Hi all of you who replied to the nutrientional report, FOUND IT! YEAH! I have emptied, I'm talking emptied my cabinets, gave all processed foods away except rice. What I'm finding, after tracking my meals for a week, is that I seem to be consuming alot of sodium via condiments! OMG, dressings, mustard, soy sauce, etc. EVEN THOUGH some of these items are labeled "light." That said, here's my bump in the road, salads with just lemon juice or oil and vinegar aren't cuttin' it for me yet...too dry and bland. I need something I'm going to stick with. Recently have been put on high blood pressure medicine AND choloesterol, OMG! Used to teach aerobics for years and now this? My metabolism is slowing down, I'm 51 yrs old, 5'2" and weigh 150 lbs and considered obese! This has NEVER happened to me before and after tracking for a wk, I'm finding I'm not eating enough calories at all and waaaaaaaaay over extending my sodium and fat intake. Heck, I have cut back on cheese even! Now that's hard core! You guys with all of your information/advice are so helping me and I really dig this site and appreciate your help! HUGE!
Now, for the person who wrote about the colonoscopy, I've heard horror stories, reason I put it off. You would highly recommend, right?
4/22/13 7:52 A
Any/ all of the additional nutrients you choose to track, will only show up when you click the see today's report... they will not show up on the "main" Nutrtition Tracker page; only carbs, fat and protein show up there. A little inconvenient maybe but really, not that big a deal. Makes it really easy to see which ones are the culprits.
I would add that, when you're specifically tracking a nutrient like sodium, you have to be really careful about the Tracker entries you use-- sodium levels can vary widely between brands of the same sort of food. Tomato sauce or cottage cheese for example. (Not apples or something else that hasn't been processed.) You have to compare the label on the container in your hand, to the entry in the Tracker and make sure it matches. A bit tedious but after you find the ones that fit, you can add them to your Favorites and it makes tracking go faster.
I love the "see full report" feature. It is below the main tracker. You can see, food by food, which ones are your biggest offenders when it comes to sodium or any other nutrient you are trying to control. I also view the pie chart at the bottom of the report each day to see if I am keeping my carb/fat/protein ratio close to what is recommended. Sometimes, when I have calories left to use after supper, and I am choosing a snack, I look at that pie chart to see where my numbers might be off. It helps me choose the right snack.
4/22/13 7:00 A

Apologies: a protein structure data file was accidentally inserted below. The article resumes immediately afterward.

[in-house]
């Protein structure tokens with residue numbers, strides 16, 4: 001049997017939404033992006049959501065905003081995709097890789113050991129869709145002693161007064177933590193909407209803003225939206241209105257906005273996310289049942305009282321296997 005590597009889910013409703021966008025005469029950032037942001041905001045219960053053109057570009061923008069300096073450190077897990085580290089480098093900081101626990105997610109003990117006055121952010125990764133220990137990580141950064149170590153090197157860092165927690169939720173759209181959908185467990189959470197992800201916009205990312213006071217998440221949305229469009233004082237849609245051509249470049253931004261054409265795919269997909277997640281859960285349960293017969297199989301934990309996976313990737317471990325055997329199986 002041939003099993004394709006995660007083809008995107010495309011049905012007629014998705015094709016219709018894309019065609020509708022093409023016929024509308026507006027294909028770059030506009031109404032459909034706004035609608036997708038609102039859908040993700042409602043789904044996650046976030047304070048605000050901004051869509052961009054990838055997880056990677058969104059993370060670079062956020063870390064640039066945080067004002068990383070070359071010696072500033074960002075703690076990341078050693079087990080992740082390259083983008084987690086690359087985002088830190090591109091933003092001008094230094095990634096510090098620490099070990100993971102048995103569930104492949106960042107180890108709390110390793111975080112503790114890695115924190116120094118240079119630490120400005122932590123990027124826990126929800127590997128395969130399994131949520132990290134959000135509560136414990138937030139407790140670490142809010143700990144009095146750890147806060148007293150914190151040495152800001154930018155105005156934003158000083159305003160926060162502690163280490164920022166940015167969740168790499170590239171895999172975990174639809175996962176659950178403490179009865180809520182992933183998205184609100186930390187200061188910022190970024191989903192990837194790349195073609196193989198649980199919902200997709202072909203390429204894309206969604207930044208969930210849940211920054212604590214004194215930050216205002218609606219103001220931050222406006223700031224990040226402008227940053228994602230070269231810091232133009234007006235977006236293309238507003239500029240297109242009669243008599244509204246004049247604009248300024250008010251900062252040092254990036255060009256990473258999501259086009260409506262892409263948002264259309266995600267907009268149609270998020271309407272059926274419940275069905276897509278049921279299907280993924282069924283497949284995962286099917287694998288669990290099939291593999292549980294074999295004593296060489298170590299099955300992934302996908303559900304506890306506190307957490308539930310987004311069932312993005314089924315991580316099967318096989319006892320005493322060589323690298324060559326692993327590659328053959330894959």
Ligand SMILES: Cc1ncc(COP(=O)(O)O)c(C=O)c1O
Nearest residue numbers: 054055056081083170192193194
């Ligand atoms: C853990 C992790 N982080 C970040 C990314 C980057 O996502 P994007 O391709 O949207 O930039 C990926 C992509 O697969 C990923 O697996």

Summerkiwi is correct.
While most foods have natural sodium; processed foods usually contain a vast amount. just a quick overview of the nutritional labels in a grocery store will definitely tell you that
If you are eating processed foods, you can almost bet your bottom dollar that they are high in either sodium, fat or sugar. I know that this doesn't necessarily help you find the culprit, but if you do eat ready-made meals/snacks, read the nutrition label and compare with other similar ones. Loading up on fruit and veges will reduce the sodium consumption, too!
If you click on the "See Today's Full Report" button to the right of the weekly chart, it will bring up a page showing all of your chosen nutrients for each food item. Just make sure that the "show all nutrients" box at the top right of the report page is checked off and you should be good.
Thanks YOJULEZ, I've seen that and I know but I'm curious to find out exactly what food I'm eating that causes my sodium levels to rise. I read labels, but, for ex: is it the non fat cottage cheese or the medium apple or the fat free ground turkey or the mustard...? That type of thing and it's nice to be able to track your intake that way. You can see the Calories, carbs, fat and protein on top and along the side of the specific food and that's what I'm interested in. What is it that's causing my sodium to rise. The chart at the bottom for wkly progress and chart simply combine your entire intake for the day. See what I mean? Do you think Spark has that capability? Do you know? Thx
Fitness Minutes: (120)
4/19/13 7:21 P
You can. Click on the "add more nutrients" next to where calories, fat, protein is listed. Then select sodium. It won't show up in the main tracker screen, but if you scroll down, it'll appear in the small one that shows the weekly progress. It'll also show up on the nutrition reports when you view them.
Hi, I am tracking calories, carbs, fat, and protein which all show up in my daily meals (breakfast, lunch and dinner) and that's great. Down at the bottom of the page, i can view my weekly progress of calories, fat, carbs and so on. My question is if I am specifically looking for a nutrient to track with each piece of food or drink I intake; specifically Sodium NA, why can't I add Sodium to the Nutrient Tracker at the top...which again, only gives me Calories, Carbs, Fat and protein. I'm trying to find out which "specific" foods are high in sodium. There in lies my problem and where I'm trying to cut back. Can anyone help me or give me advise? I want to know if one food within my lunch meal plan, for example, is sky rocketing my sodium intake other than going to the weekly progress which simply gives me the lump sum. Thanks in advance for your support or advice. Take care Pam